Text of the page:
Shares on Wall Street rose at the close of trading on Tuesday, and the Dow Jones Industrial Average broke the 30,000-point level for the first time.
American stocks were supported in light of hopes of recovery of the economy, due to the promising results of Corona vaccines, and the start of procedures for the transfer of power to the US President-elect Joe Biden.
The gains included all the eleven major sectors of the Standard & Poor’s 500 Index, as stocks sensitive to the economy, such as financial companies, materials and energy, rose, while the industrial sector hit a record high.
Sentiment was boosted this week by Biden’s determination to nominate former Federal Reserve Chair Janet Yellen for the position of Treasury Secretary, which may focus on efforts to address widening economic inequalities.
“The uncertainty on the election front has subsided a bit, the market is looking very welcoming to Yellen’s news, and today looks like one of those days when everything is going up,” said Ross Mayfield, an investment strategy analyst at Bird.
He added, “If there is a lesson learned from 2020, it is that stock markets have a tremendous capacity to overcome bad news whenever the sun appears on the horizon.”
Based on unofficial data, the Dow rose 454.57 points, equivalent to 1.54%, to 30,045.84 points, and Standard & Poor’s advanced 57.82 points, or 1.62%, to record 3,635.41 points, and the Nasdaq Composite Index rose 156.15 points, or 1.31%, to 12036.79 points.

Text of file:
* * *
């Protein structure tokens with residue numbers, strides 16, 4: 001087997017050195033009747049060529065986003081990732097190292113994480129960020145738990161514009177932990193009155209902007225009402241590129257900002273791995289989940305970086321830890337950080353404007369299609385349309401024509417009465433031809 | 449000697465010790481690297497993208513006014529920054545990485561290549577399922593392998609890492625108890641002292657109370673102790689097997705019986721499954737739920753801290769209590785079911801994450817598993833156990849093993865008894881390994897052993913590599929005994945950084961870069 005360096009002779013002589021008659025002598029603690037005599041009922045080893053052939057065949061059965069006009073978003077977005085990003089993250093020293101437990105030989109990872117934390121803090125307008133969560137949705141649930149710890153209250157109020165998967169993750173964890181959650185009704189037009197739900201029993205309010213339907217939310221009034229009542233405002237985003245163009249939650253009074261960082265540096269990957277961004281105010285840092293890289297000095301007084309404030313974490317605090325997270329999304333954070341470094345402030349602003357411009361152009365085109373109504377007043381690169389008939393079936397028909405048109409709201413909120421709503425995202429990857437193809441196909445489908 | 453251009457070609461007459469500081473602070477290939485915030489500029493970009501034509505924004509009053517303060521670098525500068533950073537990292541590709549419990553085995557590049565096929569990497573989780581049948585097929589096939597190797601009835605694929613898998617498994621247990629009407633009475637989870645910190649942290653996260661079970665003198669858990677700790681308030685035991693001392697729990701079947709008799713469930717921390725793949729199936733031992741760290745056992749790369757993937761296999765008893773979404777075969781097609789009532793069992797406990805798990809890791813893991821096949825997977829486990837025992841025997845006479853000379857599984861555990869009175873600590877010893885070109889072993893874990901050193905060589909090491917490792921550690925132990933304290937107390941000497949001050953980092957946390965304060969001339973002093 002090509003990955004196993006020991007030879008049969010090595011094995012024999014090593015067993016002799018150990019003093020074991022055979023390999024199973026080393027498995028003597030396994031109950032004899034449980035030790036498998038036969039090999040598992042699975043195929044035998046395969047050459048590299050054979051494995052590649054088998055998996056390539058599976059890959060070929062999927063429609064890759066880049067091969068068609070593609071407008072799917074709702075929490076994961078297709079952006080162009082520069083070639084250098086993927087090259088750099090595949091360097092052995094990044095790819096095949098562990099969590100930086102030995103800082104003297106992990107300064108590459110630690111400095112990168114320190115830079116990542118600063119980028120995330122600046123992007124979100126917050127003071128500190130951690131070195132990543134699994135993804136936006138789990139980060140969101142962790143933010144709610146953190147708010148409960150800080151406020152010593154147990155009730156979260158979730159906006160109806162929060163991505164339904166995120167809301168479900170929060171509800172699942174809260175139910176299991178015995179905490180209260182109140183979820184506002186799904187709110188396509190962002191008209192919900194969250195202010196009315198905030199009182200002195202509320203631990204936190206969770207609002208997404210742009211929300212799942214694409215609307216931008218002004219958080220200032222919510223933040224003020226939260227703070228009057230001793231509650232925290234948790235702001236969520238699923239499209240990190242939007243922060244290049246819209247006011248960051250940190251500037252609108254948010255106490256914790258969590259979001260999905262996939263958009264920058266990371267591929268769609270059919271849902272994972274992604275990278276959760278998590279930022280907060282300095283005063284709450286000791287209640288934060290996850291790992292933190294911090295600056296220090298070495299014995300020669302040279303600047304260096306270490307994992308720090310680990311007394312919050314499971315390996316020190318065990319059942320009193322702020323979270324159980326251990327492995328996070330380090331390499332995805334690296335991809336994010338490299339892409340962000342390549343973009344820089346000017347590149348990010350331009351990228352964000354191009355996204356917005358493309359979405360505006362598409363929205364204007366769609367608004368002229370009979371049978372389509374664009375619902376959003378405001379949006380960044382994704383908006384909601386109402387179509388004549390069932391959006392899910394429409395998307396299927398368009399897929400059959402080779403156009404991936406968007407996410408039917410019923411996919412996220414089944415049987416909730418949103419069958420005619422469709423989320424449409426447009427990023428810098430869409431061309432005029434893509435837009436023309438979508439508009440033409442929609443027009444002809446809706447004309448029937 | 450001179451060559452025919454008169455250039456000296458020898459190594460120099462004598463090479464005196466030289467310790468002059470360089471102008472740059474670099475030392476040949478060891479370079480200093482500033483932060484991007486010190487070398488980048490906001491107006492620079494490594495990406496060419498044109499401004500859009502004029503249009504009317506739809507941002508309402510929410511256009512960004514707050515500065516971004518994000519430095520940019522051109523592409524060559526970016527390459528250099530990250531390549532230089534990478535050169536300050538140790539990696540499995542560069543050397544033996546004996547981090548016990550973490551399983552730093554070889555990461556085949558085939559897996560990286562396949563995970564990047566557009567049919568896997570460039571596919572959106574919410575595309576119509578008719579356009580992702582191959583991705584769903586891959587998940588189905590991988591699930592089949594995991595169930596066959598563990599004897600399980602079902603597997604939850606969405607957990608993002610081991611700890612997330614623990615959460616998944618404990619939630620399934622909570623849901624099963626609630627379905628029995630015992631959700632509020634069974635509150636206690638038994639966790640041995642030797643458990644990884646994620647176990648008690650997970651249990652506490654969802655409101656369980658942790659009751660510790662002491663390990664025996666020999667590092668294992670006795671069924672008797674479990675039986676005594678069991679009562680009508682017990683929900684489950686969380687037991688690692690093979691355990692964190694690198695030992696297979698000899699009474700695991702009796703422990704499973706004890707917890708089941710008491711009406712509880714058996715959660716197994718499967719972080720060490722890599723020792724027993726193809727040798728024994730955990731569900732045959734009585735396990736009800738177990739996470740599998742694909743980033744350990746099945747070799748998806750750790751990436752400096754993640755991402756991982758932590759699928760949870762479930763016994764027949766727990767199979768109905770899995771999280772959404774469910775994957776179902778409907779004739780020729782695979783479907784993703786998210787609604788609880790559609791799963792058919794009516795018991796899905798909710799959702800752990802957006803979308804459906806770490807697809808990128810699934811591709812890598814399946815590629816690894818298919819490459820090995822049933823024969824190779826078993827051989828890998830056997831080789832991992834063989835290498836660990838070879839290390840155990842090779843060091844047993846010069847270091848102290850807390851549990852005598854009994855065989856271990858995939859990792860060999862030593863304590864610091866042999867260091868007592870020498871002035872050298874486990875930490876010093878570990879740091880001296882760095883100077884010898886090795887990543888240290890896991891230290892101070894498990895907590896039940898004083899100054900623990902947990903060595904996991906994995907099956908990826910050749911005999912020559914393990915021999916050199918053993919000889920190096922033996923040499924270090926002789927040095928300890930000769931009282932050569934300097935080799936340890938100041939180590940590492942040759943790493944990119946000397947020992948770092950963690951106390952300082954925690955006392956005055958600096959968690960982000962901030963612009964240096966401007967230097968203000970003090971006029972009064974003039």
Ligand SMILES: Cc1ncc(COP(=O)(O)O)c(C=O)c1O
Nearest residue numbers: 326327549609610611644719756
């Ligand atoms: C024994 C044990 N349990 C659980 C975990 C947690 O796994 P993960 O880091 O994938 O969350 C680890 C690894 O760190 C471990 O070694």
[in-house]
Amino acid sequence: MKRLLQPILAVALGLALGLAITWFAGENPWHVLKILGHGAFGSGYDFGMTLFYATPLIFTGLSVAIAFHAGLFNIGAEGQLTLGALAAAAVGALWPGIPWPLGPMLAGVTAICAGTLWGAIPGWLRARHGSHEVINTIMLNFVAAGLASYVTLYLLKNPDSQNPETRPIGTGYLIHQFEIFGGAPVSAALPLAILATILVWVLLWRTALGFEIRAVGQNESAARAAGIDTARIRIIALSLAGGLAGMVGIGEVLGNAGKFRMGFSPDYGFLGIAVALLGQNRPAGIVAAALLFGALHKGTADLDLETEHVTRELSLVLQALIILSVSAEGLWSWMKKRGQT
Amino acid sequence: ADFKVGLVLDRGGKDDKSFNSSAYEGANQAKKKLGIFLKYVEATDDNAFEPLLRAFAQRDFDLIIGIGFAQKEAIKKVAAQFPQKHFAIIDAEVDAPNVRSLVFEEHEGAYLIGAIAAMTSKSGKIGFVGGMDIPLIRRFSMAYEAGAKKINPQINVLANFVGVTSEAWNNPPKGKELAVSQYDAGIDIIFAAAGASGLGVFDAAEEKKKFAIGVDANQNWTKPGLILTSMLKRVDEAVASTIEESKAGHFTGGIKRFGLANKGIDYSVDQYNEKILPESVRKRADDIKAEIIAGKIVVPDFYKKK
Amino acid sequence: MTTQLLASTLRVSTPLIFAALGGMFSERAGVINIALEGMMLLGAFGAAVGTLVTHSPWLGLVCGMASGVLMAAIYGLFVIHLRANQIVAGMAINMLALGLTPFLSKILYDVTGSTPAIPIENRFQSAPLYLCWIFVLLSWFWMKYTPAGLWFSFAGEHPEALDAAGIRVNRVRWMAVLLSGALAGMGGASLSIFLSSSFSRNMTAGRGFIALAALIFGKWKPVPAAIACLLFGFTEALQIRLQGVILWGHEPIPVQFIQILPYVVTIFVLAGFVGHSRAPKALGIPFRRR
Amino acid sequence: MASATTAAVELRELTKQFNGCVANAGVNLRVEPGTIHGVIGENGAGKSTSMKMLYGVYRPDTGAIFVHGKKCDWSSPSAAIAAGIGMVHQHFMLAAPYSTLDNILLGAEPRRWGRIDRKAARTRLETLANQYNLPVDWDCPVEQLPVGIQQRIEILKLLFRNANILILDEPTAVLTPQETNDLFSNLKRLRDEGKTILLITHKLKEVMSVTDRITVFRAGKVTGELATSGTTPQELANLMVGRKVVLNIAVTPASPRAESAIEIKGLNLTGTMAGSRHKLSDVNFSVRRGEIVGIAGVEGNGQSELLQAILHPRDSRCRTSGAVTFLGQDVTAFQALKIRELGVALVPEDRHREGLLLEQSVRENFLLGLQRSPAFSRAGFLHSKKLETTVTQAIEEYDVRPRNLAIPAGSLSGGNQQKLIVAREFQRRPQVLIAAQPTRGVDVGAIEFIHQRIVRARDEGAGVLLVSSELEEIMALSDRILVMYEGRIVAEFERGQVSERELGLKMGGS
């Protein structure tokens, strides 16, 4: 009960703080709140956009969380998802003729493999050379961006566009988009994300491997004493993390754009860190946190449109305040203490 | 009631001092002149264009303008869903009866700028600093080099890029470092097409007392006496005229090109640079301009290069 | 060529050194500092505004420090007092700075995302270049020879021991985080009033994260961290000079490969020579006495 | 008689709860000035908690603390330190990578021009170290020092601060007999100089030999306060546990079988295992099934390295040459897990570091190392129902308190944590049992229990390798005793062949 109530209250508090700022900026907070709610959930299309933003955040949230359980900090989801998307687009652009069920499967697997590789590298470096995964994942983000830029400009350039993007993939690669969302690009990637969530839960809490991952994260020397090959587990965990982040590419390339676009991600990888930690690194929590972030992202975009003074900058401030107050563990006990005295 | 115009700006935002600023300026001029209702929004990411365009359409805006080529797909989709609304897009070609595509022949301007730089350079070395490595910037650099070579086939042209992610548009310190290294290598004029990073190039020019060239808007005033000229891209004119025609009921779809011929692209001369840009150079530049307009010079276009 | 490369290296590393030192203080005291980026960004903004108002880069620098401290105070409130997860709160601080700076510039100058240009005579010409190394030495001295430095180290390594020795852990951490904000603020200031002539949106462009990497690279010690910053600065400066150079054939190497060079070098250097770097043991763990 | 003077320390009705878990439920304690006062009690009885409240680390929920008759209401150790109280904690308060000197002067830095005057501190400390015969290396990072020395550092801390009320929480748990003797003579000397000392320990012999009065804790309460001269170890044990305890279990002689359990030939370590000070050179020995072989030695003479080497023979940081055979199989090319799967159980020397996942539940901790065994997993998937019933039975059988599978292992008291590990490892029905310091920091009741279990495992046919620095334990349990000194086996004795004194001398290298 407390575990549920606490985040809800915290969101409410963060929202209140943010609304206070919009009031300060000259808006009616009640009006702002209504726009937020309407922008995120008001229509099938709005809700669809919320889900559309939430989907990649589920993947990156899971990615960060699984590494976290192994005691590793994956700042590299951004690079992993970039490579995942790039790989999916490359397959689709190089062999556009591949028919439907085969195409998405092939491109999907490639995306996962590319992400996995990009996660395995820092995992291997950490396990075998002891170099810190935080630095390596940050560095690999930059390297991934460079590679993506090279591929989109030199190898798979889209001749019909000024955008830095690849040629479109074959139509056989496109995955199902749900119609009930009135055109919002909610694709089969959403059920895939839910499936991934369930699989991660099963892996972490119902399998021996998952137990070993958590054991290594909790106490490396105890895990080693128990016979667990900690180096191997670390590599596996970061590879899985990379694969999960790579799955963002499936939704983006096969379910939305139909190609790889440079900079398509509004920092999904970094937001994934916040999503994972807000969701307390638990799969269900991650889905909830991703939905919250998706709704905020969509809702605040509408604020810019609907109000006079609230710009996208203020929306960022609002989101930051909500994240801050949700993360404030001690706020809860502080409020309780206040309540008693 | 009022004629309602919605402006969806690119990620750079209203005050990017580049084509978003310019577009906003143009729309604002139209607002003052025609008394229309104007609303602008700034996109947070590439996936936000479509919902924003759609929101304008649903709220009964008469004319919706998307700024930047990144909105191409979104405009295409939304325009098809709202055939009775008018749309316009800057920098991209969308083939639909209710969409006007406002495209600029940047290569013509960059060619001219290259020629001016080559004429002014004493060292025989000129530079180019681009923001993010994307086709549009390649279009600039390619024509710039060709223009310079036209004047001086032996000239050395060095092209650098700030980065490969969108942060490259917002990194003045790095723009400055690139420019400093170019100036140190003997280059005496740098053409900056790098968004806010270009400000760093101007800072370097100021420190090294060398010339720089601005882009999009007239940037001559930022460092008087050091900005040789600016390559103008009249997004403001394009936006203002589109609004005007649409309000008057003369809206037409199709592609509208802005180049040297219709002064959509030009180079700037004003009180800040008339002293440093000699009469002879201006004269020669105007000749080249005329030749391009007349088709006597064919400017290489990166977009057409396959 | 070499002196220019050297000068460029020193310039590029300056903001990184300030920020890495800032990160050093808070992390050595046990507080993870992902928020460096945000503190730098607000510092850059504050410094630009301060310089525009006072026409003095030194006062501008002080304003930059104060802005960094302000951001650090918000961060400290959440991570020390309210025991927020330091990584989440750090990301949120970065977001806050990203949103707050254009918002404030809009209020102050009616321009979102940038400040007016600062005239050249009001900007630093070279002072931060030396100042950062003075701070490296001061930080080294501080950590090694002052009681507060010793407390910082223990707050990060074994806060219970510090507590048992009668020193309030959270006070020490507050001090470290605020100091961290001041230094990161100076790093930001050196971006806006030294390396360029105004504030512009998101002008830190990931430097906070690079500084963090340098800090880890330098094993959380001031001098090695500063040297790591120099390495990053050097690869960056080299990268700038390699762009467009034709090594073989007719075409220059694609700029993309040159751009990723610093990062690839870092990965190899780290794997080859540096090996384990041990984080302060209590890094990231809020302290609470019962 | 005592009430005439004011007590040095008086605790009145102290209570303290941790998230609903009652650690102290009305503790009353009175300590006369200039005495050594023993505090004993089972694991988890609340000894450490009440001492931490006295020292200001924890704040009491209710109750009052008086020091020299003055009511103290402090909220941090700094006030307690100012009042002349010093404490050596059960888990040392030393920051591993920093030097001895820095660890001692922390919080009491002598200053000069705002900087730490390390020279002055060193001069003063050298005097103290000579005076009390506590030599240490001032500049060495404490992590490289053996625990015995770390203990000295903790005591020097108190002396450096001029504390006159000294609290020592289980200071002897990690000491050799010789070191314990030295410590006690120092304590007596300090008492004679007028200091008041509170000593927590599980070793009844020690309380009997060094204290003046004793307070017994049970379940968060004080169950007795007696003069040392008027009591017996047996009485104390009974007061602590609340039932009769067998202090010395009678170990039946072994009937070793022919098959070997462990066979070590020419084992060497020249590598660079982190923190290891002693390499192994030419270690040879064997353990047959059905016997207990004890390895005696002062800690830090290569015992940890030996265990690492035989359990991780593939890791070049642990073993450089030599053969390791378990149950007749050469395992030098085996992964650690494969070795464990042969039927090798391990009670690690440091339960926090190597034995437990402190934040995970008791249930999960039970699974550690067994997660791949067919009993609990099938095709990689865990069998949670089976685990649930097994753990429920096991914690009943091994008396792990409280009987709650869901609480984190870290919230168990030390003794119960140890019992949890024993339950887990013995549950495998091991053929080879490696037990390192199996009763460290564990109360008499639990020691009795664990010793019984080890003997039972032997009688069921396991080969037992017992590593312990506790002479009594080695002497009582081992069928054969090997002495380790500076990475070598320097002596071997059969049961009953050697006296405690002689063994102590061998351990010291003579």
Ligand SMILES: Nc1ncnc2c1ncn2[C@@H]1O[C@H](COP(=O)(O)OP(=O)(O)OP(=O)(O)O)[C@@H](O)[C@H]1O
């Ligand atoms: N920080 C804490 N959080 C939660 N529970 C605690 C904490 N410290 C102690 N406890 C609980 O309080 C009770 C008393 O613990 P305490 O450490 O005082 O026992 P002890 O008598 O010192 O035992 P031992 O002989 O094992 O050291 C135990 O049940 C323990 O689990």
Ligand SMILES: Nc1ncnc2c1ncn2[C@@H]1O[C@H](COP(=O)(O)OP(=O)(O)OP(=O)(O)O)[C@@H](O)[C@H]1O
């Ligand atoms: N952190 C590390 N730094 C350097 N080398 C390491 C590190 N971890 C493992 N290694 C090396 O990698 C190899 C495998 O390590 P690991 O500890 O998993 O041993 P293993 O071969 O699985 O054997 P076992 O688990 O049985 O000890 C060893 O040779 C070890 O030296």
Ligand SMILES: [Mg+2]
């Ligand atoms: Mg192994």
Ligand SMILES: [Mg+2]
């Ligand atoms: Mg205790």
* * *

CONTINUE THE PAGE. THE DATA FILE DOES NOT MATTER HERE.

US consumer confidence fell more than expected in November amid a widespread spike in Covid-19 infections and the reimposition of restrictions on business activities, which renewed expectations for a sharp economic slowdown in the fourth quarter of the year.
Results of the Conference Board survey Tuesday come on the heels of reports this month showing the smallest gains in employment and retail sales growth in October since a recovery from the pandemic’s recession began in May. The number of new applications for unemployment benefit increased in mid-November.
The economy is losing momentum as more than $ 3 trillion in government stimulus lapses. The money helped millions of unemployed Americans meet their daily expenses and made it easier for companies not to lay off workers, leading to record economic growth in the third quarter.
The consumer confidence index fell to 96.1 this month from 101.4 in October. Economists polled by Reuters had expected the index to decline to 98 in November. The index was at 132.6 in February.
The status quo index, based on consumer assessments of corporate and labor market conditions, declined to 105.9 from 106.2 in October. The expectations index, which measures consumers’ outlook on income, business and the labor market in the short term, fell to 89.5 from 98.2.
“As 2021 approaches, consumers do not expect a stronger economy or labor market … and the return of Covid-19 infections to the rise is spreading more uncertainty and fueling concerns about the outlook,” said Lynn Franco, director of economic indicators at the Conference Board.